Parshat Behaalotecha (5770)

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“Ve’ha’ish Moshe anav me’od mi’kol ha’adam asher al pnei ha’adama – And the man Moshe was very humble, more than any man on the face of the earth!” –  Bamidbar 12:3

You may have heard about the rabbi who was so humble that his members presented him with a solid gold lapel pin that said “World’s most humble rabbi.”  The next Shabbat he wore it to shul, so they took it away from him!

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The Parsha this week has some valuable lessons for us in humility from Moshe Rabbeinu – Moses.

Despite being the national leader and saviour, miracle worker, mountaineer and Torah recipient, as well as G-d’s amanuensis and interlocutor Moshe always remained humble and self-effacing. Yes, he was authoritative and in command, and at times he was angry, upset and disappointed with his flock – but he was always humble.

French philosopher Charles de Montesquieu is quoted as saying: “To become truly great, one has to stand with people, not above them,” and this is a lesson we get very clearly from Moshe.

There are two related incidents in the parsha which highlight this for us, both of them shortly after an emotive scene between Moses and his Creator.

To set the scene we must picture the Jewish people as they travel in the wilderness. They have escaped Egypt after 210 years of back-breaking slavery in a theatrical and awesome display of Divine power. Plague after plague was unleashed on their captors until they consented to release the slaves, miracles never before seen by human eyes. This was followed by the gravity-defying separation of thousands of tons of sea water, safe evacuation of the fleeing Israelites and the subsequent drowning of their adversaries. Capping off the Exodus experience was a  multi-sensory experience culminating in a glorious Divine revelation and declamation of the Ten Commandments. While this is going on they are being nourished by heavenly food – manna, and protected from the harsh desert environment by a wall of cloud.

Only a “stiff-necked people” could be ungrateful after all that, and they most certainly are. Not content with the taste of freedom or the flavour of the manna, the people begin to complain. They crave the meat, fish and other delicacies they ate in Egypt, and they weep in distress – oh, for a pickled meat sandwich!

It is at this point that Moses gives up and cries out to G-d. He realises he can no longer hope to satisfy this needy people, and he feels they will be the death of him. “Did I conceive this entire people, or did I give birth to it?” he asks G-d. “I cannot carry this congregation alone … rather kill me now,” is his impassioned plea. The response he gets is sound business practice – delegate, delegate, and delegate. G-d tells him to gather seventy elders together, who would receive a share in the Divine Inspiration resting in Moshe. They could then help lighten the mammoth burden of managing an entire nation.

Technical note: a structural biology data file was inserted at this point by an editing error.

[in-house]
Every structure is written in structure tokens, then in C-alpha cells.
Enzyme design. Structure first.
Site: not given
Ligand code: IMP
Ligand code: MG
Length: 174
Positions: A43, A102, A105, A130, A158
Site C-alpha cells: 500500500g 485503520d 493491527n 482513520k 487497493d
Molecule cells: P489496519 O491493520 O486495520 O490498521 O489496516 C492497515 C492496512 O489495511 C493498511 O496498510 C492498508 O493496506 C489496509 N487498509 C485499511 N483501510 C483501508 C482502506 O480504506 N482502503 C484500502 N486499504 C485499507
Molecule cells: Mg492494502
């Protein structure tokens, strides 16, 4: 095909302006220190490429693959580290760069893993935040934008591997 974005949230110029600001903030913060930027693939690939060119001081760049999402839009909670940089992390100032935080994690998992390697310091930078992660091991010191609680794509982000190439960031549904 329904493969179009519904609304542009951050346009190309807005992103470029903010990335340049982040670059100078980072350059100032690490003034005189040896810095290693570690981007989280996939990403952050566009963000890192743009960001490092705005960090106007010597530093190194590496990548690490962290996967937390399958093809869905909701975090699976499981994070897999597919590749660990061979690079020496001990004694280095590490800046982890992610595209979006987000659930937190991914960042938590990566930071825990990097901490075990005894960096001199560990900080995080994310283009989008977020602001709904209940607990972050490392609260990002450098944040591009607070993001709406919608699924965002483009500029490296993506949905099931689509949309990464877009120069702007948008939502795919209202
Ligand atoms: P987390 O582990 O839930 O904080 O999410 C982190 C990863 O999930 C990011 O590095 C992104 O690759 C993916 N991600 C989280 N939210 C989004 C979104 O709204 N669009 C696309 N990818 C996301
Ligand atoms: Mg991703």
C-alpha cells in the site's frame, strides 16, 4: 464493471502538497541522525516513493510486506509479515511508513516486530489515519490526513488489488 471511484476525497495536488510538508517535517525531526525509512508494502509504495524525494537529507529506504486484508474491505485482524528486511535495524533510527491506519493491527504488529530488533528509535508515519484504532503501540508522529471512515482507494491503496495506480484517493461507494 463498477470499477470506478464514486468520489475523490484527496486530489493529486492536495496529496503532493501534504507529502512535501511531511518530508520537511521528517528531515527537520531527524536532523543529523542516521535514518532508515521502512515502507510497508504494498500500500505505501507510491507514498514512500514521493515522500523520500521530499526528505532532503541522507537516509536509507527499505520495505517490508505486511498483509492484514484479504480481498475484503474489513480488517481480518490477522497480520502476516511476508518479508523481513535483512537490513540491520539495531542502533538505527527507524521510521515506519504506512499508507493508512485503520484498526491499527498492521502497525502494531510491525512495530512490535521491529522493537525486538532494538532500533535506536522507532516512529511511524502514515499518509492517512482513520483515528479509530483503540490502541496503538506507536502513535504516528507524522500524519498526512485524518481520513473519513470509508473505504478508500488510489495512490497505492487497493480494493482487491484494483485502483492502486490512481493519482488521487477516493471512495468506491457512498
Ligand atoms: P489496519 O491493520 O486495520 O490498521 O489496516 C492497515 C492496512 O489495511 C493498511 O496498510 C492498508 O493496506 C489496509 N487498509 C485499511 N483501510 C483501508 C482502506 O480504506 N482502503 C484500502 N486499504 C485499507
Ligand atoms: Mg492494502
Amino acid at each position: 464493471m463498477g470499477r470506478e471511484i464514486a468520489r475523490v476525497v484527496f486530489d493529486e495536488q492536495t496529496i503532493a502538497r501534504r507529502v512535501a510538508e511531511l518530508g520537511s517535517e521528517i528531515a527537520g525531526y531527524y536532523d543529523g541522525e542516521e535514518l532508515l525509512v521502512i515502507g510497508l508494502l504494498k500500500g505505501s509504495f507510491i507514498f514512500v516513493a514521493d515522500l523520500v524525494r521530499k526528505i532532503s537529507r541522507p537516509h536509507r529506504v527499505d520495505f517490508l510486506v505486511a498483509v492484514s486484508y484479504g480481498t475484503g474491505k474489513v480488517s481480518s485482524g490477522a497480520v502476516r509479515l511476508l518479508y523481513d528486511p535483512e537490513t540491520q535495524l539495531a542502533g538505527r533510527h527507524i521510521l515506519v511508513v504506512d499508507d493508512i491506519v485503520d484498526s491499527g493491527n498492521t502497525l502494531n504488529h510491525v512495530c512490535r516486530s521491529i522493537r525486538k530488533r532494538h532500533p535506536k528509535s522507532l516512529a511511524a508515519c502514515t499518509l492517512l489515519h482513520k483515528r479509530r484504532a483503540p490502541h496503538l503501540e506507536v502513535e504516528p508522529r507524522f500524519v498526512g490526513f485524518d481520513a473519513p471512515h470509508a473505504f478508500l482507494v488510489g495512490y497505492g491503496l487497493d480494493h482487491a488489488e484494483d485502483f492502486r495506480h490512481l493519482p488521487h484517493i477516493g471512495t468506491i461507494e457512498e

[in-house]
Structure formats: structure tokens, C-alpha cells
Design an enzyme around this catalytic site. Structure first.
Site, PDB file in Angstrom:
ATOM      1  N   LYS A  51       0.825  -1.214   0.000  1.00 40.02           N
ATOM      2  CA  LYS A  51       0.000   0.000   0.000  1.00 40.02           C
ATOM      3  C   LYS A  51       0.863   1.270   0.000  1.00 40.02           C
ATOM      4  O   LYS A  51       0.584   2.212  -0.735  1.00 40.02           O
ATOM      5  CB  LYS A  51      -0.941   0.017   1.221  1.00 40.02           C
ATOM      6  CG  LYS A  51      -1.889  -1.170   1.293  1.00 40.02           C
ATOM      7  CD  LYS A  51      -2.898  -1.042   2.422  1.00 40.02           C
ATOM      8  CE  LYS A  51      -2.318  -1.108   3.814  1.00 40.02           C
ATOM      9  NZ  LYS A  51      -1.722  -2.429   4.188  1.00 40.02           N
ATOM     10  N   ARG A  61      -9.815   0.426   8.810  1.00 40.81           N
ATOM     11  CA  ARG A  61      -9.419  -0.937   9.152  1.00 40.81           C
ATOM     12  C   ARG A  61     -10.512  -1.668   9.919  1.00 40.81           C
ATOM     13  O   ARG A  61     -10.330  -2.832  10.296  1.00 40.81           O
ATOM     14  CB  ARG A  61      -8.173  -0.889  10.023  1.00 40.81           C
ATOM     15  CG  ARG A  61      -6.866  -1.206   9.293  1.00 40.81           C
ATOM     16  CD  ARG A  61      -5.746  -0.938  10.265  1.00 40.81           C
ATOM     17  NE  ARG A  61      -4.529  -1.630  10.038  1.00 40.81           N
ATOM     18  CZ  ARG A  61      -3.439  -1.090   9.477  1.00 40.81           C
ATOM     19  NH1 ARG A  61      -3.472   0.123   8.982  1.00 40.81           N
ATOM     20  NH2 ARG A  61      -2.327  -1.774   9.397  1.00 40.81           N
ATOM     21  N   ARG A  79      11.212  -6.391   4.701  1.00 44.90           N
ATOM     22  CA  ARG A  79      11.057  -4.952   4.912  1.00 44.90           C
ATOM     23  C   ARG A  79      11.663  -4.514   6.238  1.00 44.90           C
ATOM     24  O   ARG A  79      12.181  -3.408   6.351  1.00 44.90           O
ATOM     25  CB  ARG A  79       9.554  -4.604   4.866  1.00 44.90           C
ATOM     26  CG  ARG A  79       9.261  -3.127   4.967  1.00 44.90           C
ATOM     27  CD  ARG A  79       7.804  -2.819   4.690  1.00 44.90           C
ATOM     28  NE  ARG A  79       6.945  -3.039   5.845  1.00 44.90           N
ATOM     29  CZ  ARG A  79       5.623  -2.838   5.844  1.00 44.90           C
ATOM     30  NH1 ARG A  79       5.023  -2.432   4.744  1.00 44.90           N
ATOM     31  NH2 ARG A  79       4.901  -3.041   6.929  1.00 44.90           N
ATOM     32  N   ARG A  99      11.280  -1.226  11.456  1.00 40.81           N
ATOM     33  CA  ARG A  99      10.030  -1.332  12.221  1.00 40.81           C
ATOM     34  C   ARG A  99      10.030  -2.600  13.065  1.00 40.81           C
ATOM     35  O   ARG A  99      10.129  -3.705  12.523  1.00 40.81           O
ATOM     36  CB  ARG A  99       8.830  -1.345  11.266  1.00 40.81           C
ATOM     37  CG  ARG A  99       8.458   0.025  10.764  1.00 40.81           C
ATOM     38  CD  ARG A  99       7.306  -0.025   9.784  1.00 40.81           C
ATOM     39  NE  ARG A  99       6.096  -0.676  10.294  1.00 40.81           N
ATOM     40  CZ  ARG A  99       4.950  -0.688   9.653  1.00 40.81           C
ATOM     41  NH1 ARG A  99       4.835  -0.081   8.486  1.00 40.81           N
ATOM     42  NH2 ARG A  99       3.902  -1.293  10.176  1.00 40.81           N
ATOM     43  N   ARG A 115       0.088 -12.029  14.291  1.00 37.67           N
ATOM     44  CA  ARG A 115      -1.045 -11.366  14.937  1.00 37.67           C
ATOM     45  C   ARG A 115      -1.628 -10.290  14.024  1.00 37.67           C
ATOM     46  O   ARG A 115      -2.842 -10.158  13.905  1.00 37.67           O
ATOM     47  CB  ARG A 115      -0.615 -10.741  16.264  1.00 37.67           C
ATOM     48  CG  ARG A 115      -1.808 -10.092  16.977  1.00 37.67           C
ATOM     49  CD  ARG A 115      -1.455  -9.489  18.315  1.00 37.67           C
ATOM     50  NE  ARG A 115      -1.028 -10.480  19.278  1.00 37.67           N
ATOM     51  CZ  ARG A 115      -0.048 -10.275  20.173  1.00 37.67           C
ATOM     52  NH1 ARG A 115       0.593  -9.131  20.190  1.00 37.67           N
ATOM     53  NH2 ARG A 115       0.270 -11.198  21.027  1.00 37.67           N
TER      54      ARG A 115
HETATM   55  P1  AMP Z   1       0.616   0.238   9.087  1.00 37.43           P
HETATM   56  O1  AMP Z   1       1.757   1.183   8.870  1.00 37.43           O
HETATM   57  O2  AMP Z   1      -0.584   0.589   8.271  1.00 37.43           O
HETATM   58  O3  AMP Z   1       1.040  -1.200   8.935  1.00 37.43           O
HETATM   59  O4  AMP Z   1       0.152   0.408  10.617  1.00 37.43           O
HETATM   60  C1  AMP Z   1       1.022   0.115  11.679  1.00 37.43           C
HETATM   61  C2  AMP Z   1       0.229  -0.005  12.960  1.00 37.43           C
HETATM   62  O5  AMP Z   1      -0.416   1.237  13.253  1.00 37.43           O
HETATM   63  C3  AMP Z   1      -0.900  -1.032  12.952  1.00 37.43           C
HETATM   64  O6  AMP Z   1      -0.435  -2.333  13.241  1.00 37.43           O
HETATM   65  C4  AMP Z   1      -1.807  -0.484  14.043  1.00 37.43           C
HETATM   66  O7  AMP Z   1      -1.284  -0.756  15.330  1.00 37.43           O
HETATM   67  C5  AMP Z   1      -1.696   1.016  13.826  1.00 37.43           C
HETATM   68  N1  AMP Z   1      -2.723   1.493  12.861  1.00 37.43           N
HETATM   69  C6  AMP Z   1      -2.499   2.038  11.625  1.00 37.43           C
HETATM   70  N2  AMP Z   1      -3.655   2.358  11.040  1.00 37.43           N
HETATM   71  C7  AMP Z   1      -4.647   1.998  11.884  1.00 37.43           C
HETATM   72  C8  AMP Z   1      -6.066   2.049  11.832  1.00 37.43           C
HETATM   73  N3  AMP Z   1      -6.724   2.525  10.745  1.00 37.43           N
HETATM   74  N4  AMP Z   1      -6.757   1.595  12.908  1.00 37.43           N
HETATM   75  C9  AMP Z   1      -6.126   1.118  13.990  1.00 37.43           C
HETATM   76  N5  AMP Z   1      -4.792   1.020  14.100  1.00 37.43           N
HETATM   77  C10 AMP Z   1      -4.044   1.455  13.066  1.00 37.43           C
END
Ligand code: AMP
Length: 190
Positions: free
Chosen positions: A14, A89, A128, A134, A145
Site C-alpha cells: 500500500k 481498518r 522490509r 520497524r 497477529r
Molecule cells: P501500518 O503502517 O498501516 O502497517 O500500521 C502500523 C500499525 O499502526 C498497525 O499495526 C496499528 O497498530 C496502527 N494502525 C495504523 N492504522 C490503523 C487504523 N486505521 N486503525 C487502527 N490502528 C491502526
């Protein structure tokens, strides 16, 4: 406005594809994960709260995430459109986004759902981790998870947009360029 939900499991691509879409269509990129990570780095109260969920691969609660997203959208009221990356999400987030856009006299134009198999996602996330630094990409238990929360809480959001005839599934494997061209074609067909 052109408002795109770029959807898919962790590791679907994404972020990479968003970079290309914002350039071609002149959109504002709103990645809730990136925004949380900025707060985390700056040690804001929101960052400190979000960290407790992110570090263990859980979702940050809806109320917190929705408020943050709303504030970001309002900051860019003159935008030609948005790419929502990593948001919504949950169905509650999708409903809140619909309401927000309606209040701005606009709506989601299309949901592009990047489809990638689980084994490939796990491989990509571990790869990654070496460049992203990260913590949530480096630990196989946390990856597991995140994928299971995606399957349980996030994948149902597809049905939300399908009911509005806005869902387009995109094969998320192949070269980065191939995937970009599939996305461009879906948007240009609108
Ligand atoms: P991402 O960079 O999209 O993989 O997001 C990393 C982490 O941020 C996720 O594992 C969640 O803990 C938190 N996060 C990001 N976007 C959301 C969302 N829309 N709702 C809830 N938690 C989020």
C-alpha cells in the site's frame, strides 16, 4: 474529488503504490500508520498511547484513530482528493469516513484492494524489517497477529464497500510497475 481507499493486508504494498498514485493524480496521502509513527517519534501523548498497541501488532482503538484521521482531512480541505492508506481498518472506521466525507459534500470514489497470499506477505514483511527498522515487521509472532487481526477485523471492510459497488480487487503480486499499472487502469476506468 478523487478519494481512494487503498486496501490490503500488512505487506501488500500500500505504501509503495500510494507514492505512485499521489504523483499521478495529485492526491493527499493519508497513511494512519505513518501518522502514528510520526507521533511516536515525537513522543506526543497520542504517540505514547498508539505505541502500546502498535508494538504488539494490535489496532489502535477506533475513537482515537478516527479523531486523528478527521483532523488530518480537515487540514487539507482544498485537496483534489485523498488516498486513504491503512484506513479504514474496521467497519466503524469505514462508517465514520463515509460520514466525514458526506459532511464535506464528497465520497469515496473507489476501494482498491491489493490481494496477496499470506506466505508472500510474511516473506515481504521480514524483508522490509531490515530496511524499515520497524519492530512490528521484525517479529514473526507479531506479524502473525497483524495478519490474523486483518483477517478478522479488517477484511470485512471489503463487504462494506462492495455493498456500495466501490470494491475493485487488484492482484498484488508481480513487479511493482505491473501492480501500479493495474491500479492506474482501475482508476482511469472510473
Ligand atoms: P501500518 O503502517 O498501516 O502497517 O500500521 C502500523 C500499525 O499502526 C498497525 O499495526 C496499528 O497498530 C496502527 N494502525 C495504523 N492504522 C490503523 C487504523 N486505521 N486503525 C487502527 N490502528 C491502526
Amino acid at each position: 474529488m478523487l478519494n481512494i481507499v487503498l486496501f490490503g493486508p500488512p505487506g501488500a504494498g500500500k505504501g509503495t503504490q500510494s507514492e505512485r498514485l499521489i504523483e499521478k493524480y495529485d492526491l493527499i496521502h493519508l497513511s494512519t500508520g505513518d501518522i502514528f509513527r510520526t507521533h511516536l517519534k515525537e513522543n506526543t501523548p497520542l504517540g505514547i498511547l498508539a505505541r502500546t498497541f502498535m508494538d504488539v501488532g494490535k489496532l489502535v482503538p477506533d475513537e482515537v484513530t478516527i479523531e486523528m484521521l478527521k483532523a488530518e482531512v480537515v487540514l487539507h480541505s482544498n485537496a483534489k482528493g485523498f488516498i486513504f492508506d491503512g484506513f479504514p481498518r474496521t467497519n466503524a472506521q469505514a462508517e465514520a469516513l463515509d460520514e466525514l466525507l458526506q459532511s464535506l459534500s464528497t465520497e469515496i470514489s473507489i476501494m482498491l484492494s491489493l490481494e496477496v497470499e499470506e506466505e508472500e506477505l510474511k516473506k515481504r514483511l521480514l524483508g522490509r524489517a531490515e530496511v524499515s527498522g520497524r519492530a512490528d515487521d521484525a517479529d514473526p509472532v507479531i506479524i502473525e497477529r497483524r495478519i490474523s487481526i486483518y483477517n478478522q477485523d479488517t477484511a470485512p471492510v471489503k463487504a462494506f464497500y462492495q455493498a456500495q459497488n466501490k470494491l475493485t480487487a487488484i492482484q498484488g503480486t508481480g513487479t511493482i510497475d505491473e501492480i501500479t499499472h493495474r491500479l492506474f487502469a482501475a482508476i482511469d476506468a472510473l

As soon as the seventy have been endowed with the Divine spirit they begin to prophecy. Two of them (Eldad and Medad) prophecy of shocking events in the future, revealing that Moses would pass away, and that Joshua would be leading the people into the Holy Land!

Joshua is shocked by this and turns to Moses: “My master Moshe,” he cried, “destroy (alt. jail) them!”

Moshe, master of humility, hears the prophecy of his own demise and simply responds, “Are you being zealous for my sake? If only all the people were prophets!” Not only does Moshe not object to power-sharing with others, or to the sharing of his Divine Inspiration with them, he is even able to hear tell of his death and the loss of his own personal dream – to enter the Holy Land – and to stay calm, collected and supportive of the new prophets: This is true humility.

Ah, you might think, humility in the public arena is expected. What about his behaviour in private? Here the Torah gives us another anecdote, related to the first. Because Moshe had to be ready at the drop of a tablet to receive an audience with G-d, he had refrained from physical intimacy with his wife, Tzipporah, thus always remaining in a heightened spiritual state. His siblings found this out and were discussing this “improper” behaviour. They are later rebuked for this by G-d and in turn repent, but what is interesting is the Torah comment here: “Ve’ha’ish Moshe anav me’od mi’kol ha’adam asher al pnei ha’adama – And the man Moshe was very humble, more than any man on the face of the earth!”

What is the connection of this comment to the situation he is in? The Sifri answers that the statement here is because even when Miriam and Aaron confronted Moses with the accusation that he was mistreating his wife he remained silent. His humility was such that he did not tell them he was acting this way on G-d’s instructions – he simply remained silent.

Let us learn from Moshe valuable lessons in humility. To be humble is not to think you are worthless and to disappear when things go wrong; to be humble is to know your qualities and abilities and to fight for your rights and for those around you. But to be humble also means never be afraid – in public or private – of criticism or competition, for both criticism and competition can be used to raise us to the greatest of heights.

Shabbat Shalom – Rabbi Zalman Lent

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